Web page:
When you ask most short-term traders if fundamental analysis ever plays a role in their decision-making, they usually roll their eyes. For the most part, this indifference is justified, particularly for the pure daytrader, since it is widely believed that fundamentals act too slowly to have a major influence on prices in the short term. The longer you stretch your time in a trade, however, the greater the potential risk. Measures should be taken to minimize this risk. For any trader, with a time horizon of more than a day trade, the release of earnings reports is a fundamental event that must be anticipated.
Earnings reports are one of the biggest catalysts for volatility in an individual stock. It is absolutely necessary to know when a company is due to report earnings and be ready to deal with the possible adverse effects. Ignoring the potential influence of an earnings report is like gambling without controlling risk. Look at some of the recent earnings-related disasters as evidence: MSFT lost nearly 7% of its value overnight when earnings failed to meet estimates and the stock has not shown any tendency to bounce higher. Shares of IBM lost 4%, and two weeks later, it has not recovered. The former highflier JCOM is one of the biggest earnings-related disasters. The night before JCOM reported earnings, the stock closed at 43.84. The next morning the stock opened at 36.71, and today, it is trading under 30. NTES is currently down over 14 points or 21%. Earnings, although up 97% from the same quarter a year ago, missed analysts’ estimates by two pennies.
The impact of these adverse events can be minimized. An obvious strategy is to stay away from trading stock until earnings reports are released. But there are other ways to deal with possible adverse news: Hedge some of the risk with options. When going long on a stock, for example, one can buy a protective put. (A put is a right, but not the obligation, to sell at a specified price for a specific time.) The protective put can be viewed as an insurance policy against an unforeseen earnings-related disaster. Should the price fall hard, you can sell at the specified price. As with insurance, if the price does not fall, you lose the premium you paid, but you also protected yourself against a potential adverse event. (You can similarly use a protective call with a short position.)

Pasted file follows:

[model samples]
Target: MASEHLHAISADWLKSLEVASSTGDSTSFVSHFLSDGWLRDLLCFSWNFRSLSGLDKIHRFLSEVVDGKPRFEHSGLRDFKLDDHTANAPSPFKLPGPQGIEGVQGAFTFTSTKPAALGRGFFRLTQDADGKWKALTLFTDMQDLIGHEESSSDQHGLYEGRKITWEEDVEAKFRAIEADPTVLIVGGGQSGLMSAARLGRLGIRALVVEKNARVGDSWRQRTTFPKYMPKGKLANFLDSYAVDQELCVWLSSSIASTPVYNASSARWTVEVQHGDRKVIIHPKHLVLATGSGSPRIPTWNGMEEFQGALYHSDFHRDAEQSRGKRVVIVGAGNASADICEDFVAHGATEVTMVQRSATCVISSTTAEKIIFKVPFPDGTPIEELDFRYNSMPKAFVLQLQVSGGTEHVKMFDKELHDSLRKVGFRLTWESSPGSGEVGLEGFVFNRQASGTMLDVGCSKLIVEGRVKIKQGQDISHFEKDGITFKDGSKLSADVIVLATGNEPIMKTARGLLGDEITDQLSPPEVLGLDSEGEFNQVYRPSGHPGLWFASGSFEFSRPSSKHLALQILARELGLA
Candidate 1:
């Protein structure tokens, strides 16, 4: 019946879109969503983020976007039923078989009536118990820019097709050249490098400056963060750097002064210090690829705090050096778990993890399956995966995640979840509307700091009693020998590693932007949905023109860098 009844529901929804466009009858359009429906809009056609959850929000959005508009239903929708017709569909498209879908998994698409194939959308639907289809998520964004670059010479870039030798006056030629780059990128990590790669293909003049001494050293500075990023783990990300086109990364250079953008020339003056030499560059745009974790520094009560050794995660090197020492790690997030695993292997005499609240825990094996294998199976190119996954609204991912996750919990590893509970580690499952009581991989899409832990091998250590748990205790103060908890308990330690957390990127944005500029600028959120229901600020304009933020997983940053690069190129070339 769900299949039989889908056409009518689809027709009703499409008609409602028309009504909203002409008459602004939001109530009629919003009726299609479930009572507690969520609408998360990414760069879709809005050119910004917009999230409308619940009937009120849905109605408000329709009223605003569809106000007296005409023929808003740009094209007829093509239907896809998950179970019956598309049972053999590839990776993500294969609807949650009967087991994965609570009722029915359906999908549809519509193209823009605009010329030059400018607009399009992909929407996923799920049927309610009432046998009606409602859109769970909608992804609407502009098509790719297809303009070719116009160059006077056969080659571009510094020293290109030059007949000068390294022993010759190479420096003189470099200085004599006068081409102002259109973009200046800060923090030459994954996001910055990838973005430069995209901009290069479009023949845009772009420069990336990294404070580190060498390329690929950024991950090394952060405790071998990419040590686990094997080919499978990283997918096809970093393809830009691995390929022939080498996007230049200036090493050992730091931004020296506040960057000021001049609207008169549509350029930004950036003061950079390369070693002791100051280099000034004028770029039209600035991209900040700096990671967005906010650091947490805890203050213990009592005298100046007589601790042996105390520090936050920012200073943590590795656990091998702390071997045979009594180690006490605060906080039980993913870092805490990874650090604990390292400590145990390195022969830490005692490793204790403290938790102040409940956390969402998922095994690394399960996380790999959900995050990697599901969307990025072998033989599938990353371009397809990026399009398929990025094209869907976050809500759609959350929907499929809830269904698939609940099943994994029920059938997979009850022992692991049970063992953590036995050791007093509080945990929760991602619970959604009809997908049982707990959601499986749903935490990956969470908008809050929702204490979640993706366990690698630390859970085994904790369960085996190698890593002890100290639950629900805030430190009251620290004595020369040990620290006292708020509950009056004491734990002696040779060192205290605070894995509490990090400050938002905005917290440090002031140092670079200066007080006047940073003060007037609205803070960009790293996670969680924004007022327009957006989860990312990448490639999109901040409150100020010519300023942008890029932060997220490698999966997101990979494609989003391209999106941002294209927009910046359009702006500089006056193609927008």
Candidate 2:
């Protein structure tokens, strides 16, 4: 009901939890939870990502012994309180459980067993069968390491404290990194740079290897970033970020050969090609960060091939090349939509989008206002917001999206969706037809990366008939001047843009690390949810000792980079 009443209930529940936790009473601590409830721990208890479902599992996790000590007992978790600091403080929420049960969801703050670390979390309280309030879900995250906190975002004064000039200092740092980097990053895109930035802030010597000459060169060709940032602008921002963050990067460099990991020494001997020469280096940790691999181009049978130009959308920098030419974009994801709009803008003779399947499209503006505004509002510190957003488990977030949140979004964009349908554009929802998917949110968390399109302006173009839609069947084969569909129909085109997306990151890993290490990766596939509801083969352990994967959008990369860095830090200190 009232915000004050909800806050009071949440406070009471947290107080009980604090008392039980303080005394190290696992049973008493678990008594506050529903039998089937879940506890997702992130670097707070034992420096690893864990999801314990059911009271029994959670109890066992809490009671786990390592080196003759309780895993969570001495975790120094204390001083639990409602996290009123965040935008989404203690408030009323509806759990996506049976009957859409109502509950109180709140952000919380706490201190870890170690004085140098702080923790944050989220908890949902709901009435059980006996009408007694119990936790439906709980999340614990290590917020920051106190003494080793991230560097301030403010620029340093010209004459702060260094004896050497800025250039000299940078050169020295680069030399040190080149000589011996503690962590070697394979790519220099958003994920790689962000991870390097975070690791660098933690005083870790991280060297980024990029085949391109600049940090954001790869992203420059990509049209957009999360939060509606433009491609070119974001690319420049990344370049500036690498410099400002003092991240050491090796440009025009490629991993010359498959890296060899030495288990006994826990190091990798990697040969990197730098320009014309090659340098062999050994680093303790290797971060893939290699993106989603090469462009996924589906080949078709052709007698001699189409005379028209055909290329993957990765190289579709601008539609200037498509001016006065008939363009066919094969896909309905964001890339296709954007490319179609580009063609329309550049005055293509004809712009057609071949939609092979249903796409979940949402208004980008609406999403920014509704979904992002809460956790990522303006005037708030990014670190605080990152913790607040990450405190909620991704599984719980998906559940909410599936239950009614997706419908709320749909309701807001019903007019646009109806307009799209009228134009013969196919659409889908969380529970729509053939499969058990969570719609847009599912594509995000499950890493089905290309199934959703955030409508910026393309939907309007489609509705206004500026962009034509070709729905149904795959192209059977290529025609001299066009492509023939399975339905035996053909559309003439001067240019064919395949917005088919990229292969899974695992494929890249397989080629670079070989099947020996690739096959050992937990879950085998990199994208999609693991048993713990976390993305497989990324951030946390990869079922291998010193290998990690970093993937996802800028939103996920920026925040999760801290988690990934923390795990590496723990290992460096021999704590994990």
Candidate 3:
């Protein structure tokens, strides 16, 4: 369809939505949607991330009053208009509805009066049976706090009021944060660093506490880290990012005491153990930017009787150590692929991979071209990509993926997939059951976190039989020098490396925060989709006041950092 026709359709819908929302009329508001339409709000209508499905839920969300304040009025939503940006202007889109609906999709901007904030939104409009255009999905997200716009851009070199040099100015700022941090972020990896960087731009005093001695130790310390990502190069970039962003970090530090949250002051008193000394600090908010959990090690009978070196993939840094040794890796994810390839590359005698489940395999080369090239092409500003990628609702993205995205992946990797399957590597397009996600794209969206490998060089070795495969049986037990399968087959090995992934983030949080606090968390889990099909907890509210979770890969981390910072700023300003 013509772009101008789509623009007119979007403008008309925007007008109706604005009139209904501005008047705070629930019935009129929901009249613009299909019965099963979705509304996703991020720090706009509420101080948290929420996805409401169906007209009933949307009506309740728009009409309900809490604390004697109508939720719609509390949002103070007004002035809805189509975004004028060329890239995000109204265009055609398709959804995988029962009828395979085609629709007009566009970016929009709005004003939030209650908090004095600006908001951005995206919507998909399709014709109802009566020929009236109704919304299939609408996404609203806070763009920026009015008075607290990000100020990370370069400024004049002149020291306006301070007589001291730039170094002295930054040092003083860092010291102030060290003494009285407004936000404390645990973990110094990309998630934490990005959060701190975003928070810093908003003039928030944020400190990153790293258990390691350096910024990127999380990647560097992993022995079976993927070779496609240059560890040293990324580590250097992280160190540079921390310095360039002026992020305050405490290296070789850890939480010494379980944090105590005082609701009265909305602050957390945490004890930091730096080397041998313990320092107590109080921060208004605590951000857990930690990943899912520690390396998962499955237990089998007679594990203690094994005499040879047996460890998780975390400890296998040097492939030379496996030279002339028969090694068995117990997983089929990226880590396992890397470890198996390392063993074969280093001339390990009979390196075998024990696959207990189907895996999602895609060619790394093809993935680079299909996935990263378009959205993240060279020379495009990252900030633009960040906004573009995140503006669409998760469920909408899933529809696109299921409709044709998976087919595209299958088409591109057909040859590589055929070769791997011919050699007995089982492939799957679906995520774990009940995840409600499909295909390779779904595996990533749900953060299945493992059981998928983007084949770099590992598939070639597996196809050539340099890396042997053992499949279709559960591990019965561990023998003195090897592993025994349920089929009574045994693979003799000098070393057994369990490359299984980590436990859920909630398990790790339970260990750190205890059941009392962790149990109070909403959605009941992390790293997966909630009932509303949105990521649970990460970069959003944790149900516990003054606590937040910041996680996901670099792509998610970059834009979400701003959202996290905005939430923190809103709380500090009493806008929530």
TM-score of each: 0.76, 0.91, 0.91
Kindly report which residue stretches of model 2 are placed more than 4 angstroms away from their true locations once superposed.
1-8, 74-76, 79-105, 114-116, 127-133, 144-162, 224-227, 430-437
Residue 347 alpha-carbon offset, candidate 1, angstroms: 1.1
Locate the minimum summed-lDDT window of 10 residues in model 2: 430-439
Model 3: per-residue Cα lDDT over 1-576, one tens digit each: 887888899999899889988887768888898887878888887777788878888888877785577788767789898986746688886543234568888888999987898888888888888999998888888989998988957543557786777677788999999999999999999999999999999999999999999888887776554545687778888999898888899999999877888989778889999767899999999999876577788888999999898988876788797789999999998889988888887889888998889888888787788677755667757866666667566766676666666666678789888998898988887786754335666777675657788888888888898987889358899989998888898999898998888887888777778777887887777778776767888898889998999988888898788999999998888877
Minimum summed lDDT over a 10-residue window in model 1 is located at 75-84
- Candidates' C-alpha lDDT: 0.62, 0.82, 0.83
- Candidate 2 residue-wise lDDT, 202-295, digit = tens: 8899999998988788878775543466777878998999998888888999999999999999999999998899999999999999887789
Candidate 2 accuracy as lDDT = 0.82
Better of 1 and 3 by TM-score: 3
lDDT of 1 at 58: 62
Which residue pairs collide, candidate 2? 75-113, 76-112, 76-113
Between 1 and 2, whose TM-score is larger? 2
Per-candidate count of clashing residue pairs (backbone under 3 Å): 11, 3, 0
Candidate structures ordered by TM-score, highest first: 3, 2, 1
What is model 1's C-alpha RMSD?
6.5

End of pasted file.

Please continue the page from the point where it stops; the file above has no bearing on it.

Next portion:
Another way to have exposure to stock before earnings are due is to forgo buying the stock altogether. Instead, buy a call option on the stock. Suppose you want to go long, but also want to reduce your risk should the reported earnings fail to meet expectations. Buy call options, and if the price goes up as you had anticipated, you could sell the options for a profit. But if the stock implodes after earnings are released, the worst you will do is lose the premium you paid; it can never get any worse. Because the premium for the option is a small fraction of the amount of capital you would be required to put up to control the stock outright, your risk is defined. There are other ways to lose your premium, however. Besides the risk of the stock going down, there is the risk of time value in an options position. If the underlying stock does not move higher, you could still lose the money you paid for the option as time decay eats into its value.
Essentially, the best way to deal with an upcoming earnings report is to avoid overnight exposure, but if you feel as though you must have a position ahead of an earnings report, be sure to minimize the risk. Whatever course you take, don’t ignore this potential adverse event. Earnings reports usually have a significant impact on prices. Don’t be caught off-guard. Develop a plan for controlling losses should the market go against your expectations.